Nevertheless, a noninvasive approach to diagnose EmHCC might not be sufficiently precise. Undoubtedly, immunohistochemical diagnosis from needle aspiration biopsy is the gold standard because it provides details about the neoplastic cells involved in the malignant disease process (e.g., arrangement pattern and stain confirmation). Our patient was diagnosed with stage IV HCC with a metastatic epithelial tumor to the 3rd rib. This diagnosis was confirmed by specialized immunohistochemical stains including Glypican-3, cytokeratin pan-antibody (Pan-CK), and cytokeratin 7 (CK7). Glypican-3 is a membrane-bound heparin sulfate proteoglycan that is expressed only in HCC cells and their metastases (Fig. 5) .
Interestingly, hepatocytes can grow in trabecular structures that are surrounded by tissue expressing high levels of ECM proteins such as laminin, vitronectin, collagen, and fibronectin . The defective cell adhesion and migration and proteolysis of extracellular matrix proteins are necessary steps in metastatic development . However, EmHCC can be disseminated either hematogenously or lymphatically to form new neoplastic foci in sites other than the original tumor .
The clinical course and prognosis of EmHCC are not entirely clear. However, recently developed management options can prolong the life expectancy of HCC patients. Furthermore, systemic therapy with sorafenib combined with 5-fluorouracil has shown promising effects for HCC treatment .
In summary, although EmHCC diagnosis can be challenging, physicians should be alert to the possibility of encountering this disease in their differential diagnoses. Regardless of AFP levels, EmHCC requires meticulous evaluation to reach an appropriate diagnosis and to provide suitable treatment.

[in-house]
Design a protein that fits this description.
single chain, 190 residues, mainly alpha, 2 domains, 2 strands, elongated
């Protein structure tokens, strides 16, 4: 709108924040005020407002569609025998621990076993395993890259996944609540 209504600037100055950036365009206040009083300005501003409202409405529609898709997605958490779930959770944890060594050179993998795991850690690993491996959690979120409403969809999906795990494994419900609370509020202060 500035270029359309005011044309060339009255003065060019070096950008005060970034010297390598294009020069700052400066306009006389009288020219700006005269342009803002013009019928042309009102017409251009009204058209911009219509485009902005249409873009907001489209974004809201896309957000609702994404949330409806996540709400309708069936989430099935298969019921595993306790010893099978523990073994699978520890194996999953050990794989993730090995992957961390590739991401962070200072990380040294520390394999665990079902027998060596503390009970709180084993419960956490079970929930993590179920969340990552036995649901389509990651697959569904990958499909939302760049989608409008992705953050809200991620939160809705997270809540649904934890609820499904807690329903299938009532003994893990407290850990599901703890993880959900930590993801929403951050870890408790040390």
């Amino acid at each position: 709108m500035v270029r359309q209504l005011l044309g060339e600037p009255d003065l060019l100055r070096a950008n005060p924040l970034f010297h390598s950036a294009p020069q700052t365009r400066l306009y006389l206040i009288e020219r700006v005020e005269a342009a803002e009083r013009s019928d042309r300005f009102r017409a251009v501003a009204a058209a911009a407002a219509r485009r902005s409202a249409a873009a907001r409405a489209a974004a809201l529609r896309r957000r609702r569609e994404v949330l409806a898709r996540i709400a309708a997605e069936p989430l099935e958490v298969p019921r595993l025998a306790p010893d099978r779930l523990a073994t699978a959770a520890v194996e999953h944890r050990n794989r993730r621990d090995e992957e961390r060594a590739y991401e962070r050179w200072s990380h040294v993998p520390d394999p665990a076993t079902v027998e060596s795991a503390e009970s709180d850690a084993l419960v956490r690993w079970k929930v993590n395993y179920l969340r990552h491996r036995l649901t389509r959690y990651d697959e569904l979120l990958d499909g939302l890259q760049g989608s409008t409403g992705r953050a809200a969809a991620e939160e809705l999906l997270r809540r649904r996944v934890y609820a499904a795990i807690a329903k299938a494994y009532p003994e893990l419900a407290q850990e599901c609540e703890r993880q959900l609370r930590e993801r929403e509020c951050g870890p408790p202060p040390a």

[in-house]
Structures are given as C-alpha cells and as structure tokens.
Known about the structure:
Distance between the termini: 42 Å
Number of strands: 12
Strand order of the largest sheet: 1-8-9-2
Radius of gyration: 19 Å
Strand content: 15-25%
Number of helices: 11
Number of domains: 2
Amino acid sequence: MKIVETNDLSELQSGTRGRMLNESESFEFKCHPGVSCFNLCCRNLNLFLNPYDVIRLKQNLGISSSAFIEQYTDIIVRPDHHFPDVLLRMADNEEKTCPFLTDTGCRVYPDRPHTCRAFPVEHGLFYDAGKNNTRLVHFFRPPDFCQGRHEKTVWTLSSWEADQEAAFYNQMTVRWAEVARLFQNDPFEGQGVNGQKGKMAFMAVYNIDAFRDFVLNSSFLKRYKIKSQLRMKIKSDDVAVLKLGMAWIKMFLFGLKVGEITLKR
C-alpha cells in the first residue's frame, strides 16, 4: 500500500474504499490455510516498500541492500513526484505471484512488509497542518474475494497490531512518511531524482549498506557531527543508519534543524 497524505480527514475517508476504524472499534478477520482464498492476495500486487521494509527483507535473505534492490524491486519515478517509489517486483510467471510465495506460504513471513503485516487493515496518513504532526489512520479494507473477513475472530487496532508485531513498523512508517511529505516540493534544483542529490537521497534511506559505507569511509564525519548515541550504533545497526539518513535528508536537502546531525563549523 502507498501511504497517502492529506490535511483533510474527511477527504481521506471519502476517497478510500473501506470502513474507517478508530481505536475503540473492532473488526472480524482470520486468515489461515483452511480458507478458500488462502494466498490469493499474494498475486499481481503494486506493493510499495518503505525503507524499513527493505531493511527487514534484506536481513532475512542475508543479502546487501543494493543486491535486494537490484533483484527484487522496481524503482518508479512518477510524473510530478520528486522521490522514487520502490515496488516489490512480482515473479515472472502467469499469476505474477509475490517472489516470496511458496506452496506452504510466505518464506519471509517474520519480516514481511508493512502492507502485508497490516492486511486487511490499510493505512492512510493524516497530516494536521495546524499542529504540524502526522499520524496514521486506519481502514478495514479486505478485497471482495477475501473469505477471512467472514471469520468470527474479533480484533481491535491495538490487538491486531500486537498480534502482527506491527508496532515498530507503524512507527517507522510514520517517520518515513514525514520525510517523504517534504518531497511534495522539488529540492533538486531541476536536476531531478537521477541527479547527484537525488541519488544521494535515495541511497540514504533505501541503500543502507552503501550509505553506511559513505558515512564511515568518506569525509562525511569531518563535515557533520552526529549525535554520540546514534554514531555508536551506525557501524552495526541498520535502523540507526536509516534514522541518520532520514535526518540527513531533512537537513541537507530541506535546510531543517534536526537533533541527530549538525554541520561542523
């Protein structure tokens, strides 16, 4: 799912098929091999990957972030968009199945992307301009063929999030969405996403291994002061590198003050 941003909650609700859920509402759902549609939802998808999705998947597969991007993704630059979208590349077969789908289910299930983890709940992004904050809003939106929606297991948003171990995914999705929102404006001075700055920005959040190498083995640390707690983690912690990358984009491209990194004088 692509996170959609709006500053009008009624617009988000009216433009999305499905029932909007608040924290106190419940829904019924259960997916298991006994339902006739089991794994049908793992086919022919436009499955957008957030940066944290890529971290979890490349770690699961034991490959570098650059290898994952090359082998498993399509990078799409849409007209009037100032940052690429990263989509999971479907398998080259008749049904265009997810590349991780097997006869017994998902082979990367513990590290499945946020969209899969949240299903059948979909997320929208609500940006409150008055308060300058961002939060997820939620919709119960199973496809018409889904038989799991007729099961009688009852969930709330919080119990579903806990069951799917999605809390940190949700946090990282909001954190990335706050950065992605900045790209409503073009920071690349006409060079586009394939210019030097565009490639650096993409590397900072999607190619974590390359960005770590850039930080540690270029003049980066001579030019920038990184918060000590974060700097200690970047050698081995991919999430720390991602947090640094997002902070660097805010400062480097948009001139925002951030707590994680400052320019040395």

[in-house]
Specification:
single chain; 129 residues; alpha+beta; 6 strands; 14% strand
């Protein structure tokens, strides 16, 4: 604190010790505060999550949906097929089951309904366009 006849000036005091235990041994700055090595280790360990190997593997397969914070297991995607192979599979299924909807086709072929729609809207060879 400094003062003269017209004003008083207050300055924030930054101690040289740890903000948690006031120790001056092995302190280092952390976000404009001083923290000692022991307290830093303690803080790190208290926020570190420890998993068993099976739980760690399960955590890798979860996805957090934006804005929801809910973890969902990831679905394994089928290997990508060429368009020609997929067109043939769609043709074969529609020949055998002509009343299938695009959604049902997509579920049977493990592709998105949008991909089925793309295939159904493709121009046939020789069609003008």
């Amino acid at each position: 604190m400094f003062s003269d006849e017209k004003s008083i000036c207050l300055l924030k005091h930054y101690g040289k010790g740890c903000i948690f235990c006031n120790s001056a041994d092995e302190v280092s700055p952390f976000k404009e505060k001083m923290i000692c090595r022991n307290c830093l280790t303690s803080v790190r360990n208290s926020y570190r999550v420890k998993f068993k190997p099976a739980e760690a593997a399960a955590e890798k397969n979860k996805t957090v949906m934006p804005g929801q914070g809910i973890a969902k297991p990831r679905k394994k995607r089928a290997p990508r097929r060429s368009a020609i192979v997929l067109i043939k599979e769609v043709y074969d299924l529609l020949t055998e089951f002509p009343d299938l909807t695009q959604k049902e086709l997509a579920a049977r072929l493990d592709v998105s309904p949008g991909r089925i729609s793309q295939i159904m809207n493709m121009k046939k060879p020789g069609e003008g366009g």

Extrahepatic metastasis of hepatocellular carcinoma
The authors thank Dr. Abdullatif M. Almousa and Dr. Liga A. Almulla for providing the pathology images for this case presentation.
The authors declare that no funds have been received.
Availability of data and materials
The availability of the data and materials concerning the case report is related to the diagnostic examinations that were recorded during patient hospitalization. The publication of these data was authorized by the Affiliated King Fahd Hospital at the University of Dammam.
AMA-S wrote the original manuscript. MAES reported the pathology and interpreted the immunocytochemistry. Radiology image reporting was performed by AHA-A and IAA, and the revision of the final manuscript was performed by AMA-S and FAK. All authors read and approved the final manuscript.
The authors declare that they have no competing interests.
Consent for publication
Written informed consent was obtained from the patient for publication of their clinical details and radiological studies. A copy of the consent form is available for review by the editor of this journal.
Ethics approval and consent to participate
As per the University of Dammam Institutional Review Board, case reports do not need ethical approval or patient consent, as long as there is no intervention and no patient identifiers appear in the report. Therefore, neither ethical approval nor patient consent was required for this case report; however, written informed consent was obtained from the patient involved in this study.
The authors declare that no new software has been used.